For me, enquiry is about what we do every day as teachers. We see a need, try to meet it, evaluate how effective our strategy was and then plan where to go next. It is about not settling for a certain standard but always striving to achieve more. Before teaching I trained as a high level athlete and even after a personal best, we would return to training the following week, evaluate our previous training and look at our next goals and how we were going to get there. I see enquiry in the same way, it is a way of working not a one off exercise to fill CPD hours. The more it is thought of in this way, the less daunting and scary it will seem to those using an enquiry approach. I have heard many teachers say “I did an enquiry last year” or “I have too much work to do an enquiry at the moment”. I don’t believe enquiry should be a thing we do, I think it should be a way we think that fits tightly with our ongoing evaluation, assessment and reflective practice. I loved what Prof. Kate Wall said about the quest to find answers however, you more often then not end up coming out the other side with more questions and the cycle continues again. Questions keep us intrigued and motivated, answers help us to settle. The circle of enquiry keeps learning innovative, it keeps challenging us as teachers to improve ourselves and therefore the outcomes for our learners.
Last year I undertook a Learning for Sustainability 10 week course through Edinburgh University and British Council. Having had time to reflect on my learning from this course over the summer and beginning follow up reading into this session, I have found that this course had a greater impact on me than initially expected. It has revealed ‘my itch’ however my itch is like one of those itches where you can’t actually find the source to scratch it. This ‘itch’ has taken my thinking beyond what was my initial interest of gaining some more ideas to support me with my role as the lead of our school’s eco-committee.
Following this course I re-read the Education Scotland Building the Curriculum Documents with a completely new perspective and outlook. With an improved understanding of Learning for Sustainability and the broad definition of the word ‘Sustainable’ I had the realisation that Sustainability, in various contexts, is at the heart of education in Scotland. The result of this new perspective has changed my role as a teacher. Never did I set out to be simply a ‘knowledge giver’ and always attempted to make my learners independent thinkers, responsible citizens, successful learners and confident individuals through the principles of CfE but I know there have been times when I have found it difficult to adopt this approach. I see myself now very much as a facilitator of sustainable skills and learning and aim to work more collaboratively with pupils to lead their learning. The beginnings of this have resulted in a higher retention rate with more sustainable learning.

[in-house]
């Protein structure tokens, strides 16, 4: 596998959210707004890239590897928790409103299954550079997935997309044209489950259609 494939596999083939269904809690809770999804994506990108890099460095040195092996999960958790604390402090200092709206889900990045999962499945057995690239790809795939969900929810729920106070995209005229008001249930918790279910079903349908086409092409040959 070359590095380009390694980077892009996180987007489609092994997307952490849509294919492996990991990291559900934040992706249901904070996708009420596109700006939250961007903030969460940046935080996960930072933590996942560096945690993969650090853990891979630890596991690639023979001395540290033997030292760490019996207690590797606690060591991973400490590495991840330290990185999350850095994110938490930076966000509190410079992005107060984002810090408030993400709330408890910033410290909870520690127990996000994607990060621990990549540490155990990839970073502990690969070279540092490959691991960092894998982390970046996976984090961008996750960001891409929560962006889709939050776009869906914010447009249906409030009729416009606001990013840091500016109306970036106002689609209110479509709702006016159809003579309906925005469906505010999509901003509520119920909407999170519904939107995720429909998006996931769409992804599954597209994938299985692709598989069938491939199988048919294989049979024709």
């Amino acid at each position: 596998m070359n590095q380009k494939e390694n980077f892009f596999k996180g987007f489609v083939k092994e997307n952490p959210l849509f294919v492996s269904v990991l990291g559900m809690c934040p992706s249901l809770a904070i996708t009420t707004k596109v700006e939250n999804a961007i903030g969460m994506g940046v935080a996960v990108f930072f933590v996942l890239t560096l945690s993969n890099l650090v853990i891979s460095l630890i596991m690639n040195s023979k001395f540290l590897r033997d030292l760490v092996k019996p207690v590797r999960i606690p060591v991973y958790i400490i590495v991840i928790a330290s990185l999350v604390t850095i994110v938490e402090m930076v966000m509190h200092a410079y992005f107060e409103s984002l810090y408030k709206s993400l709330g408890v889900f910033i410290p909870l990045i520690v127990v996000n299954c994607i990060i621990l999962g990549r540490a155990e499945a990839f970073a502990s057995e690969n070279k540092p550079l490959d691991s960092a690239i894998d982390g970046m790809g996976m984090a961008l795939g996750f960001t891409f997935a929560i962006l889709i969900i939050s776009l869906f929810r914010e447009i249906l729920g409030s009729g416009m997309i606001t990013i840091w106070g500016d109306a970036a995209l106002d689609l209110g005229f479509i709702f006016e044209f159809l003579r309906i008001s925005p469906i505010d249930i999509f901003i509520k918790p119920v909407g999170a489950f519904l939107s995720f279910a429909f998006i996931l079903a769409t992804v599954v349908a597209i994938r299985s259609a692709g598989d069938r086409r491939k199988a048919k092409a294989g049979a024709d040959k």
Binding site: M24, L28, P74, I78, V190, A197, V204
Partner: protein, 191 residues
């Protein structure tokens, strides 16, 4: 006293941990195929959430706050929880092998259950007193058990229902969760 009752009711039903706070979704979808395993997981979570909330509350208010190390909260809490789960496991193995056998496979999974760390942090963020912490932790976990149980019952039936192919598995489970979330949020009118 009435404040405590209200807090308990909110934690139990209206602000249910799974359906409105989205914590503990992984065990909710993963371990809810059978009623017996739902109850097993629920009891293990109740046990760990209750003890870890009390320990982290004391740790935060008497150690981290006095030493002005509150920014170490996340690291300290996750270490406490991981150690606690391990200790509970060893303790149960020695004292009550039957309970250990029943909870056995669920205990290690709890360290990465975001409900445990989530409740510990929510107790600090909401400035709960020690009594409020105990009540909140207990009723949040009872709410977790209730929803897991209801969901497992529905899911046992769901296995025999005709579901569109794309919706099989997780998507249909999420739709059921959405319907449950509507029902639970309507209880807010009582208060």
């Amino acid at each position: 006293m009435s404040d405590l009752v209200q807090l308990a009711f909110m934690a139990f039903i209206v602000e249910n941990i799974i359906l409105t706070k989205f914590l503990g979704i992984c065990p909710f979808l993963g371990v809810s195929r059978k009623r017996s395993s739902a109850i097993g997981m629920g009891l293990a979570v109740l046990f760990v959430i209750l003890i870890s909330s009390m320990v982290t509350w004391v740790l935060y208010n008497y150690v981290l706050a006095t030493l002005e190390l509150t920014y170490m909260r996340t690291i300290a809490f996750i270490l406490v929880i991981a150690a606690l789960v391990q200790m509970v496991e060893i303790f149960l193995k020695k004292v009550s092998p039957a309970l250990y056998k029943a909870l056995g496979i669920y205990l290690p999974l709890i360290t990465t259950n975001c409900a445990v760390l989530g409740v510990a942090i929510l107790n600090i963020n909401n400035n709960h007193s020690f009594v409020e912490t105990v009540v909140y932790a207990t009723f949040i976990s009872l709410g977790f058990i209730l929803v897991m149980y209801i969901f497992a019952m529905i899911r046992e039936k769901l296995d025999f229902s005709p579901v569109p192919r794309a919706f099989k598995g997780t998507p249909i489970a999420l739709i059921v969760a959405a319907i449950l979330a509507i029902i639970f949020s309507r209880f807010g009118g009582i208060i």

I created this diagram to model my thinking of the key elements addressed with an understanding and focus on Learning for Sustainability. I want to explore these areas further with an aim to use Learning for Sustainability to promote the principles of CfE within my classroom.
I’m very much aware that Learning for Sustainability covers such a broad area of education and hope that with further reading I will be able to select and area to start with that will become the focus for my enquiry project.
During a lesson on fairness and equality which I could highly recommend (click here to view lesson plan), my class and I’s discussion led us to barriers to learning. I had asked the children how they would feel if a doctor treated each patient (no matter what they illness or symptoms) with the same treatment. The all agreed that this would be ridiculous. I then asked the children whether they thought it would be fair that a teacher should scribe for a pupil who struggled with handwriting during a literacy lesson to allow them to access the key learning. They strongly disagreed with this and said it would highly unfair for all the other children who had to write themselves. I was shocked by this response but it alerted me to the fact that as teachers we are trying to use an equitable approach to GIRFEC but for all children to feel included and to GIRFEC holistically, we need pupils to be in on the approach too. Something in my teaching needed to change to achieve this.
I showed my pupils this picture –
We discussed what kind of social, emotional, economic, learning and physical issues may create fences or barriers to stop pupils from accessing learning. Pupils started to become aware of the short-term and long-term barriers each and every one of them was experiencing or had experienced at some point recently. We linked this with resilience work that we have been covering as a whole school but also discussed examples of ‘boxes’ that we can provide linked with the wellbeing indicators to ensure each child is receiving the best chance to reduce/overcome their barriers. This has allowed me to provide more for the pupils in my care as they are also looking out for what can be done to support themselves and others so instead of one pair of teacher eyes trying to GIRFEC, I now have 32 pairs of eyes supporting the wellbeing of our classroom.
With an upper school class it has been evident to me through this learning process that pupils are very aware of wanting to be treated the same however they also need to know that they can receive equitable support in a discreet manner. Pupils have loved the concept of a ‘box’ to help them ‘see over the fence’ and if they are needing discreet support are now using the phrase ‘I need a box’ to ask for help or support.
As for the third of the pictures shown above, our class are undecided whether it is fully possible to remove all barriers in life but we are trying out best to achieve this in our classroom.